However, in Indian context, the cost of treatment and the requirement for SC administration in a clinician's office may limit its use.

   First-Generation Antihistamines Top

The consensus believes that though modern second-generation antihistamines should be preferred in the treatment, in select cases, hydroxyzine may be used in refractory cases, because of easy availability, cheaper costs, and long experience of the Indian doctors using the molecule.

   H2-Blockers Top

A systematic Cochrane review concluded that combinations of H1- and H2-antihistamines in a smaller number of CU patients reported better outcome than H1-antihistamines alone but also pointed out the weak level of evidence.[52] An RCT among 45 CU patients also reported that adding ranitidine with terfenadine gave superior results to terfenadine alone in terms of itch, but effect on wheal or swellings was insignificant.[45] Most RCTs and other case studies show conflicting and disappointing results about benefit of adding H2-antihistamines.[54],[55] The present guidelines recommend against random or routine use of H2-antihistamine.

   Methotrexate Top

Some case studies and series are in support of methotrexate in relieving symptoms for corticosteroid-dependent CSU,[53],[56],[66] and also urticarial vasculitis.[67] An Indian RCT of small sample size concluded that adding methotrexate (15 mg weekly) for 3 months in refractory CU cases did not show any significant additional benefit over H1-antihistamines.[68] Though very limited data are available, the authors suggest that methotrexate may be considered as an alternative in selected cases of refractory urticaria especially in Indian perspective, for its low cost, easy availability, easy dosing schedule and wide acceptance.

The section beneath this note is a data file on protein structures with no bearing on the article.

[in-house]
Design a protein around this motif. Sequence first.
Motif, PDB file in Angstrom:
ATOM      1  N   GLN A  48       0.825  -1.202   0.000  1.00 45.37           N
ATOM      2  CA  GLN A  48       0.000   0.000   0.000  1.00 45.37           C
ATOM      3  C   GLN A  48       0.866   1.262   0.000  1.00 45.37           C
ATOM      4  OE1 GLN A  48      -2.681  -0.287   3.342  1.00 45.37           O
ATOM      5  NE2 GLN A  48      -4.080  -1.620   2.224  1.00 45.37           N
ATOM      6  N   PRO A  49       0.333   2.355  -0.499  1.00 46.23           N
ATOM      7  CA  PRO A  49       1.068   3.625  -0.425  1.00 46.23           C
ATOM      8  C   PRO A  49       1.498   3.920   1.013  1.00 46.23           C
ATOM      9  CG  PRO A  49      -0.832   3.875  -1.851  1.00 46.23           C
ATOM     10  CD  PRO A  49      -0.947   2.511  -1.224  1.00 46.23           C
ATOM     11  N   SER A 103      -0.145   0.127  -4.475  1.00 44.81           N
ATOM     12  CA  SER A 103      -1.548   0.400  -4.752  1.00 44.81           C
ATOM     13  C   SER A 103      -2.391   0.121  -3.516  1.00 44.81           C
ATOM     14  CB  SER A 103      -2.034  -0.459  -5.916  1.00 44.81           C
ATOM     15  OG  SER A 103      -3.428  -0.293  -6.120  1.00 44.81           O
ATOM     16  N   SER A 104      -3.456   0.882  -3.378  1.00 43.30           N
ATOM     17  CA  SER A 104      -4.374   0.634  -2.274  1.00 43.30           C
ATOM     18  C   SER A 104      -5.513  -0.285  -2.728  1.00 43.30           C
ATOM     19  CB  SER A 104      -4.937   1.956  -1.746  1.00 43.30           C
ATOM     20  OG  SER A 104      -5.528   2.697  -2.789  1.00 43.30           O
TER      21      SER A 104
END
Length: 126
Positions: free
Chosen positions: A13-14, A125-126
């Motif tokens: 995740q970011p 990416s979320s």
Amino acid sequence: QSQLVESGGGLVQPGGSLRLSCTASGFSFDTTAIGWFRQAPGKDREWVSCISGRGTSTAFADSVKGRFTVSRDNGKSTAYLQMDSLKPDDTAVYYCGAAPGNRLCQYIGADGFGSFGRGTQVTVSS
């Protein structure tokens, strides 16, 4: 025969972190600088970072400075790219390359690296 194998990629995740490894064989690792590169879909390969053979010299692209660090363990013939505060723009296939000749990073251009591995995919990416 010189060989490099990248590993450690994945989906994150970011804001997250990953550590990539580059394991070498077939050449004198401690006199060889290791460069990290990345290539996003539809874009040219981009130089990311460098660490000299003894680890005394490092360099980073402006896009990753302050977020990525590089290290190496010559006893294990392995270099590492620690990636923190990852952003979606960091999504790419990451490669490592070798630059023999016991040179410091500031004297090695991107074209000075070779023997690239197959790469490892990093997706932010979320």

Autologous Serum Therapy Top

A placebo-controlled trial over 56 CU patients suggested that ASST-positive CU could benefit from 8 weeks of aspartate transaminase (AST) but not in other CU subforms.[69] An Indian multicentre, prospective study also analysed that weekly AST injections for 9 weeks showed significant improvements in both ASST-positive and ASST-negative patients with a sustained action for 4-month follow-up period after the last dose.[70] Another RCT comparing AST and autologous whole blood injections in 88 CU patients found no statistically significant difference in terms of efficacy and QOL improvement.[71] Case series reported from India showed that AST is of only moderate efficacy in small number of the treated patients.[72] A recent RCT shows disappointing results of AST therapy as compared to saline injections as control group.[73] The present consensus suggests that AST may be tried in refractory urticaria for its low cost and good safety profile, but evidence for potential benefit is low.

   Montelukast Top

Leukotriene antagonist montelukast at 10 mg/day was reportedly effective for the treatment of CU, both as monotherapy or in combination with H1-antihistamines although the treatment effect observed was small.[74],[75],[76],[77],[78],[79],[80] Numerous results of clinical studies have been inconsistent, some demonstrating a superior response [79],[80] and others showing an inferior response with montelukast when compared to antihistamines.[74] Montelukast monotherapy has been especially found beneficial in food additives and NSAID-induced urticarial symptoms.[79],[80] The present guidelines suggest that there is no added advantage of montelukast over standard antihistamines and therefore should not be considered as therapeutic option in regular basis and should only be reserved as an adjuvant in select refractory cases.

   Dapsone Top

A small double-blind placebo controlled study on 22 patients clearly reflects about substantial efficacy of dapsone at dose of 100 mg/day for 6 weeks in CSU patients for controlling hives and itch.[81] Another RCT clearly shows that the combination of dapsone with antihistamine versus antihistamine alone caused a persistent decrease in UAS scores also with complete remission in some cases.[82] Moreover, some case studies also exist with reports of its prominent efficacy upon urticarial vasculitis [83],[84] and idiopathic angioedema.[85] Dapsone is known to confer with side effects such as methaemoglobinaemia, peripheral neuropathy, hepatotoxicity. Ruling out G6PD deficiency is mandatory before initiation of dapsone. Due to the lack of evidence and possibility of serious side effects, the consensus guidelines recommend against the use of dapsone in the treatment of CSU/CINDU.

   Doxepin Top